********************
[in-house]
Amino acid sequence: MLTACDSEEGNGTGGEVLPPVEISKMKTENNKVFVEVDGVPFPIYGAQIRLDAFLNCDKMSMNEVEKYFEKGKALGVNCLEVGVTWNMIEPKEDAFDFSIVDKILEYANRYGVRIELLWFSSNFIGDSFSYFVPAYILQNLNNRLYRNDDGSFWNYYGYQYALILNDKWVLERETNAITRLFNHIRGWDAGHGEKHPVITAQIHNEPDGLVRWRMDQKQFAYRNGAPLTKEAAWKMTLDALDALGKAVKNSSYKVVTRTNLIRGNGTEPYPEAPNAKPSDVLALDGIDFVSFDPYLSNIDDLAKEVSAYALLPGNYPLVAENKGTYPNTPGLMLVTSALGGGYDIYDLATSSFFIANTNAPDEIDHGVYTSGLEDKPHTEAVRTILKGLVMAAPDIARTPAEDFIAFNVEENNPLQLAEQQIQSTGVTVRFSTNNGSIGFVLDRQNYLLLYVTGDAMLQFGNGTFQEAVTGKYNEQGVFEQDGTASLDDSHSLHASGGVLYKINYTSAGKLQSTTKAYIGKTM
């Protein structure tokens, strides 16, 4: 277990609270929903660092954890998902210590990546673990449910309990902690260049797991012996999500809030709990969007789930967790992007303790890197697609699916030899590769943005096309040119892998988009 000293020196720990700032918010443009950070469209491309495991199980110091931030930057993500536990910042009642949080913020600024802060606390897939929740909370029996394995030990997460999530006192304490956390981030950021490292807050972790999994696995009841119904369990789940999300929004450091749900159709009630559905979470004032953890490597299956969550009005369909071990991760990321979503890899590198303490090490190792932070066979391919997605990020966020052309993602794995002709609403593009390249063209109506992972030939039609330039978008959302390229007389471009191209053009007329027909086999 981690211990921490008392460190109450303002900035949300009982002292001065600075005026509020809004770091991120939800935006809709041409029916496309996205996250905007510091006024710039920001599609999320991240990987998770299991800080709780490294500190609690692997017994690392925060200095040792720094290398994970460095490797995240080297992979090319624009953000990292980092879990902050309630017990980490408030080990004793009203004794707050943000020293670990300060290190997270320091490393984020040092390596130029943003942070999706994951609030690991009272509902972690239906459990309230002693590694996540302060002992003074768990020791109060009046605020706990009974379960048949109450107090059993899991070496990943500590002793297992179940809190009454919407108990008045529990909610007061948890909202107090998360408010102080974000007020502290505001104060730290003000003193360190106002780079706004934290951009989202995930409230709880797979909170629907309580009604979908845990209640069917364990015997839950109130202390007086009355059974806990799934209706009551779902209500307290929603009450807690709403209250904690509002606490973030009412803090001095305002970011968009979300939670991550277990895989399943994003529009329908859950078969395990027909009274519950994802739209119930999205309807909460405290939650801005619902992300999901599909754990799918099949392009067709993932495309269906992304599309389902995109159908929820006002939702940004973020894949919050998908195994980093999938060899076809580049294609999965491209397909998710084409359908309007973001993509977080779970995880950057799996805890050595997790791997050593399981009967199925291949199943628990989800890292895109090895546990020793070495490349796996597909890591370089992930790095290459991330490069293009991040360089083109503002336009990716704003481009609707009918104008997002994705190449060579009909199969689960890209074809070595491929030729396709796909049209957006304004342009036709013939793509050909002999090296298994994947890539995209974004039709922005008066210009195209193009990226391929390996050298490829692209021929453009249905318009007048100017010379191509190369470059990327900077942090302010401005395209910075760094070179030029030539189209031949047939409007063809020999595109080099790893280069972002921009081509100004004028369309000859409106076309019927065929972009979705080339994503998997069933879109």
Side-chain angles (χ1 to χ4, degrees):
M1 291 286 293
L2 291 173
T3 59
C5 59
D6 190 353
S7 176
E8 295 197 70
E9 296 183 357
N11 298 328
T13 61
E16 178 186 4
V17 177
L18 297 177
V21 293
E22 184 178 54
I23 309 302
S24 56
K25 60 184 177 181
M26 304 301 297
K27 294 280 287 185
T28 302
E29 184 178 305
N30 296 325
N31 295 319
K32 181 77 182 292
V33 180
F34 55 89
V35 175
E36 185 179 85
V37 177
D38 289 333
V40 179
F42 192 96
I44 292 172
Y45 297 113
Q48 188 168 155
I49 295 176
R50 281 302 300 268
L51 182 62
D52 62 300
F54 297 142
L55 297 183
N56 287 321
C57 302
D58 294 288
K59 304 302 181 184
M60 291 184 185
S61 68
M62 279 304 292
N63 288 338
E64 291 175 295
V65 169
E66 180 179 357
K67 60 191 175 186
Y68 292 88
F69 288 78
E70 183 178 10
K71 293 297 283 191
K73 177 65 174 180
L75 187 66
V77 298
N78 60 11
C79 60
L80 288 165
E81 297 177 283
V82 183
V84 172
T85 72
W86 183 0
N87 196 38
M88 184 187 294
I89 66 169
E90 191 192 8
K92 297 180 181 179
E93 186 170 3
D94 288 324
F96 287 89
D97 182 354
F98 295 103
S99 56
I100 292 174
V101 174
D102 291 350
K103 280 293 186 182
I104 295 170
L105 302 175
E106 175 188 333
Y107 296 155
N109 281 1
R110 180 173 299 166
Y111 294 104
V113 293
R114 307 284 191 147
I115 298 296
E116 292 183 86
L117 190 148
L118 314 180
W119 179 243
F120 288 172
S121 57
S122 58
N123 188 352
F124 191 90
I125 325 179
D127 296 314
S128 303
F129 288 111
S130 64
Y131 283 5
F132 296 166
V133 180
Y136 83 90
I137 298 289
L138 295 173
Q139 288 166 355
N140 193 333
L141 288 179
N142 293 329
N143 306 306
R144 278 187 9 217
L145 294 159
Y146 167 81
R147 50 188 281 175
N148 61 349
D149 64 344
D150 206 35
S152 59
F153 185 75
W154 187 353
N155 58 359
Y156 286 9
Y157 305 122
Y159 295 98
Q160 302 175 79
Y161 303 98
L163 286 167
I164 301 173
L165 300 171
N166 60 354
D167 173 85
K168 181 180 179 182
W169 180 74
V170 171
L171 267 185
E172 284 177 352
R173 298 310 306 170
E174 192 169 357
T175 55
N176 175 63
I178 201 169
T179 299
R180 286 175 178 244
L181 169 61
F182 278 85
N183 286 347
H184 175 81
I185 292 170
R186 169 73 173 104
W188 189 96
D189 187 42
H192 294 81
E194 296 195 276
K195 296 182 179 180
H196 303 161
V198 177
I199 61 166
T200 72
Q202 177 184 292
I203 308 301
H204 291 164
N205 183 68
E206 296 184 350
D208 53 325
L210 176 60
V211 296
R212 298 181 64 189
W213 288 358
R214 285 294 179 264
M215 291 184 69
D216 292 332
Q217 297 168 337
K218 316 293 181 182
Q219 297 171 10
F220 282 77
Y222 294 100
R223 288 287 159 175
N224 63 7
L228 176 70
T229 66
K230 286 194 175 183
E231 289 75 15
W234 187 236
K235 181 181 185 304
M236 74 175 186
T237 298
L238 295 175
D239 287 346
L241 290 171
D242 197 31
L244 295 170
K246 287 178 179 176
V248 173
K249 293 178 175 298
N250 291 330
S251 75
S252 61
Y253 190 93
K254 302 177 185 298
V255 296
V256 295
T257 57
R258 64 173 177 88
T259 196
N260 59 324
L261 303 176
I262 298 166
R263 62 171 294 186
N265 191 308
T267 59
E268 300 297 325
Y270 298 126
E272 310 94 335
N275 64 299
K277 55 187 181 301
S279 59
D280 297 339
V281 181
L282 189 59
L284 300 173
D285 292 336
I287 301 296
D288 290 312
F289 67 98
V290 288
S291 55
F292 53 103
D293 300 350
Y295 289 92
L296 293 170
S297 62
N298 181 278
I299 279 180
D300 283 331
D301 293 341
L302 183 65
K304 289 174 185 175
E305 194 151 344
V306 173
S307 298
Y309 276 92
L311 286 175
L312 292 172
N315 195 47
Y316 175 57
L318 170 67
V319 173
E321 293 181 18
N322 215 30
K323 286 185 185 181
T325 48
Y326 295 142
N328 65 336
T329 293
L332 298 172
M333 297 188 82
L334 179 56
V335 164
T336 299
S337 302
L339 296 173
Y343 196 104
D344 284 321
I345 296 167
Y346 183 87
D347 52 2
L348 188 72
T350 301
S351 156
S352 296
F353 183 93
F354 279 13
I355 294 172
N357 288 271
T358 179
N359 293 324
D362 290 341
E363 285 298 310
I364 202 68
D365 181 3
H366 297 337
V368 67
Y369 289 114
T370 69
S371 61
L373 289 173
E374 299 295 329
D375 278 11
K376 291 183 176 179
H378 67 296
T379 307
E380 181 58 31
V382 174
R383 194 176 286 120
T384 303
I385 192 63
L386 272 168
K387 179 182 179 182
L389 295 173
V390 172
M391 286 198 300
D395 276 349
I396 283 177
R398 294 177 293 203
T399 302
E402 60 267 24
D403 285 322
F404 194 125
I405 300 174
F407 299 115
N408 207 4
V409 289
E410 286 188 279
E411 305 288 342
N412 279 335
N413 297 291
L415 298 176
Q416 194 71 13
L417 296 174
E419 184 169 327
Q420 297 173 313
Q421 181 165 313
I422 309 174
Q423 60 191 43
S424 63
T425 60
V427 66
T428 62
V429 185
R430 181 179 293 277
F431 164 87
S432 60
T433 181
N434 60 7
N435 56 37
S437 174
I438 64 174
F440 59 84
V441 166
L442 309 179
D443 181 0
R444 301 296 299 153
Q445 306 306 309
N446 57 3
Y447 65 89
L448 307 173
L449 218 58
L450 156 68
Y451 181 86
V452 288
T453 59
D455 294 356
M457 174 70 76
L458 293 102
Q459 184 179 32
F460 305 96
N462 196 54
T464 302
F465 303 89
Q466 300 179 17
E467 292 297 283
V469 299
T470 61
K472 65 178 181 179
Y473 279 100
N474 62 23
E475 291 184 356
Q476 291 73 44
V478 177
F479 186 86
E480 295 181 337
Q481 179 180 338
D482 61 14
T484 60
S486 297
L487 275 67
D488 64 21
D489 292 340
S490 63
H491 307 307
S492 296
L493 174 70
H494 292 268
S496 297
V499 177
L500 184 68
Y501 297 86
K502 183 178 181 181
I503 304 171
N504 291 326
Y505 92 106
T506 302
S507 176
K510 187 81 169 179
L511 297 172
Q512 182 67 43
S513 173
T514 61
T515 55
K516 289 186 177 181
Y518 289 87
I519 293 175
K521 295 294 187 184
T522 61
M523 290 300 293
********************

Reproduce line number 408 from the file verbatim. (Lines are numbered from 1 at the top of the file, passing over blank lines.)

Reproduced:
L511 297 172